But, as Calipari continues to preach, the Wildcats won't reach their full potential unless they learn how to play together. Their chemistry has improved, so that's a good sign for this young team's future.
Is Missouri a top-10 team?
No. I think the Tigers hide behind Pressey's clutch performances and overall production. This is a Missouri squad that was crushed by Louisville and blew a late lead against a young UCLA team. The Tigers struggled again when they faced Bucknell on Saturday.
Yes, the Tigers are good. And they're a legit contender for the SEC crown. But they're ranked too high in the latest polls.
Can Boynton be trusted to lead the Gators to the SEC title?
Yes. The guard hasn't always delivered for the Gators (2-for-10, five points in 65-64 loss at Arizona on Dec. 15). But overall, he's been the catalyst for Billy Donovan's program. It's not always pretty, but his star power overshadows his inconsistency.
1. Florida: Erik Murphy gets healthy and the Gators finish 3-1 in four matchups against contenders Missouri and Kentucky on their way to the league title.
2. Kentucky: The Wildcats emerge as Florida's biggest threat as Harrow continues to improve and help their NBA-level talent challenge Florida for the SEC crown.
3. Missouri: The Tigers use their depth to stay in the mix all season, but defensive challenges lead to a third-place finish.
4. Tennessee: Jarnell Stokes and Co. score in spurts but play solid defense, so they're competitive most nights.
5. Ole Miss: The Rebels aren't talented or deep enough to slay the top three teams, but they're better overall than the rest of the seemingly mediocre assembly in the SEC.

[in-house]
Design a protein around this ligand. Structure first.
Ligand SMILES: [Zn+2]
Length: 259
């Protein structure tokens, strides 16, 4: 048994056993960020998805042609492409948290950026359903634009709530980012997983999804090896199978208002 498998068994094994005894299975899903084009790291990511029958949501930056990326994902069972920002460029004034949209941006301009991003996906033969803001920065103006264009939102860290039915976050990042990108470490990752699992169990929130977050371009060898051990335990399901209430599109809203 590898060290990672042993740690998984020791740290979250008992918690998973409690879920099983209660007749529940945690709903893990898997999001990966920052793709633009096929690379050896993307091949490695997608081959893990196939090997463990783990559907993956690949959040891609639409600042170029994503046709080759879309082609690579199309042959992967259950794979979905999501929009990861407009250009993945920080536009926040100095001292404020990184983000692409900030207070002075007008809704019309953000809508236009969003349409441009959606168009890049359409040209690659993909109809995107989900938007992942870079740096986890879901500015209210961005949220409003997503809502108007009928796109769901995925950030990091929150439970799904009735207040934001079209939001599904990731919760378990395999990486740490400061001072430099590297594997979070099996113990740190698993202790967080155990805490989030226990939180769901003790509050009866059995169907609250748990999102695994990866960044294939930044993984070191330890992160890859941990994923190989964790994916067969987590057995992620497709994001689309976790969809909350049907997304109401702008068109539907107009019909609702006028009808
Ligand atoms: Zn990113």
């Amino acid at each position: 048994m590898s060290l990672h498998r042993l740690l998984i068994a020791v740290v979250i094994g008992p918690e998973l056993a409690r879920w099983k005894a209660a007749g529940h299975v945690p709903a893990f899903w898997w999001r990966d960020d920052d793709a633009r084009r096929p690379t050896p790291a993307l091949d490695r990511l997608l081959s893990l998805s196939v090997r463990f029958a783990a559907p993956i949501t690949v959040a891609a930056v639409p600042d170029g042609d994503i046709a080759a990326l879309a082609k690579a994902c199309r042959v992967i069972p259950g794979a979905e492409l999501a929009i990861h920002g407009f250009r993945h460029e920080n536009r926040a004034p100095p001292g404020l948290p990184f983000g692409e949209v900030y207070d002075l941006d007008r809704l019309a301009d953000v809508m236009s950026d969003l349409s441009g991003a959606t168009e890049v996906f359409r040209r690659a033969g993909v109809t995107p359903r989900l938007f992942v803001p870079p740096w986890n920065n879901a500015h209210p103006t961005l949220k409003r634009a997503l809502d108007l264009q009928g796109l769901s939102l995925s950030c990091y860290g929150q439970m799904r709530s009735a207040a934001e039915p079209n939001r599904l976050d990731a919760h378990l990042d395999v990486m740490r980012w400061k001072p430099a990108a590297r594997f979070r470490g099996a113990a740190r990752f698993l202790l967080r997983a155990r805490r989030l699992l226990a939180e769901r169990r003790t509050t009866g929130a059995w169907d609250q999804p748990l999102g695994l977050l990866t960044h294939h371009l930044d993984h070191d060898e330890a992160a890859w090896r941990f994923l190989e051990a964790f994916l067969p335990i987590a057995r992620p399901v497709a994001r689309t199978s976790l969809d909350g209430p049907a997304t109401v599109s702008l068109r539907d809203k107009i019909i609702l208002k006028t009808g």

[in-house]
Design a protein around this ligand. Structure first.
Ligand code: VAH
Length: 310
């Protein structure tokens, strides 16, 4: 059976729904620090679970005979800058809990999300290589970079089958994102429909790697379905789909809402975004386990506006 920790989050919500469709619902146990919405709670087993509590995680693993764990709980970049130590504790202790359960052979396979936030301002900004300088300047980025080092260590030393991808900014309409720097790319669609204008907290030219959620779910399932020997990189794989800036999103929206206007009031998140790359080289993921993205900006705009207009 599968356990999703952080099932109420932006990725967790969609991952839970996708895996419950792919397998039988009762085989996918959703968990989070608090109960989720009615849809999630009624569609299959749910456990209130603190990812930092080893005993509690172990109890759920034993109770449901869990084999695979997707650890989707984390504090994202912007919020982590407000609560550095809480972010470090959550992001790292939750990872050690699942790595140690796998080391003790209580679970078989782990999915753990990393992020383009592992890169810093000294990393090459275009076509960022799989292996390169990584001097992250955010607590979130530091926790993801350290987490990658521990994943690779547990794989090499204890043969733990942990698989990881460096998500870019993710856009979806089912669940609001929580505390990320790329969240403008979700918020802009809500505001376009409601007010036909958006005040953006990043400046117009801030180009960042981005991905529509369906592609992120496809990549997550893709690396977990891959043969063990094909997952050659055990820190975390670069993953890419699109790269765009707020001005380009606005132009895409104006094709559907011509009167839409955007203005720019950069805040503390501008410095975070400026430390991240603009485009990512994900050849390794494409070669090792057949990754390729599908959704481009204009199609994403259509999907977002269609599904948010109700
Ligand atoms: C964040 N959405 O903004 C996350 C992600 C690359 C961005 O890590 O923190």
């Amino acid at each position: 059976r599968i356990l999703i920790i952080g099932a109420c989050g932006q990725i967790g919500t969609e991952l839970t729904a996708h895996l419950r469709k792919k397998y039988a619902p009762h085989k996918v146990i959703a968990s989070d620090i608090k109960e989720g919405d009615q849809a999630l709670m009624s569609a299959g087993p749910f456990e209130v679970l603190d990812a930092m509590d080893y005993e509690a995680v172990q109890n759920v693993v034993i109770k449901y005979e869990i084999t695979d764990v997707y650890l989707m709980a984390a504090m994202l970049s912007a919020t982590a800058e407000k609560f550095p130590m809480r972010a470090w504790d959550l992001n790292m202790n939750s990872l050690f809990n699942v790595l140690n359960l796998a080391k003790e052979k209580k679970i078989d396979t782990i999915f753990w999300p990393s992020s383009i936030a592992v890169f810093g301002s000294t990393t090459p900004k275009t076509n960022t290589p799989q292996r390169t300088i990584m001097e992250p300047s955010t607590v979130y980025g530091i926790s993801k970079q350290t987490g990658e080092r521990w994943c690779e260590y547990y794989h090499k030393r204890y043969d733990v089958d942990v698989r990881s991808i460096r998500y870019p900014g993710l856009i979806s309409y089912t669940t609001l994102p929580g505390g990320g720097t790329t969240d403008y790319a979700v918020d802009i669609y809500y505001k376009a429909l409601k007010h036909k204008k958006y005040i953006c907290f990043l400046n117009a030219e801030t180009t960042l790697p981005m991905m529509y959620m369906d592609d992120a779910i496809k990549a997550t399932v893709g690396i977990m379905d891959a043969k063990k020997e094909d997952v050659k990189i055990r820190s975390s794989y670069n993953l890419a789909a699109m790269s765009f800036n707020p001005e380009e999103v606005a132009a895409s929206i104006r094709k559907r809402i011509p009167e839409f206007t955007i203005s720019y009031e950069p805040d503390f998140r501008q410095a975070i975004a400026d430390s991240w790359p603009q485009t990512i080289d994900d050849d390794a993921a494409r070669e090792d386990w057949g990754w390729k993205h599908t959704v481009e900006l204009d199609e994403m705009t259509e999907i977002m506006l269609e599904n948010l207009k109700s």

6. Arkansas: BJ Young positions the Razorbacks to win a few games that they probably shouldn't and dismiss most of the SEC's bottom tier.
7. Alabama: The Crimson Tide's free fall continues as they deal with the interior gap created by Engstrom's injury and play porous defense that costs them in tight games.
8. LSU: A mediocre nonconference slate will cost the Tigers in conference play, but Johnny Jones will lead his new team to a respectable finish.
9. Texas A&M: Solid defense will be enough to contend with lower-level squads, but a sputtering offense will result in more losses than wins.
10. Georgia: Caldwell-Pope will have a few elite performances that lead to wins in games the Bulldogs should lose, but that strategy won't work most nights.
11. South Carolina: Brenton Williams helps the Gamecocks stay alive in multiple games, but turnovers (17.3 per game) ensure that the majority don't end in South Carolina's favor.
12. Vanderbilt: This young squad gets into trouble when Kedren Johnson is blanketed by multiple defenders against teams that know he's Vandy's only true offensive threat.
13. Auburn: An upset or two at home seems possible, but on the road, the Tigers will suffer a string of losses that push them toward the bottom of the SEC standings.
14. Mississippi State: Rick Ray's short-handed program will fall short of victory on most evenings and will try to use the season as a learning experience.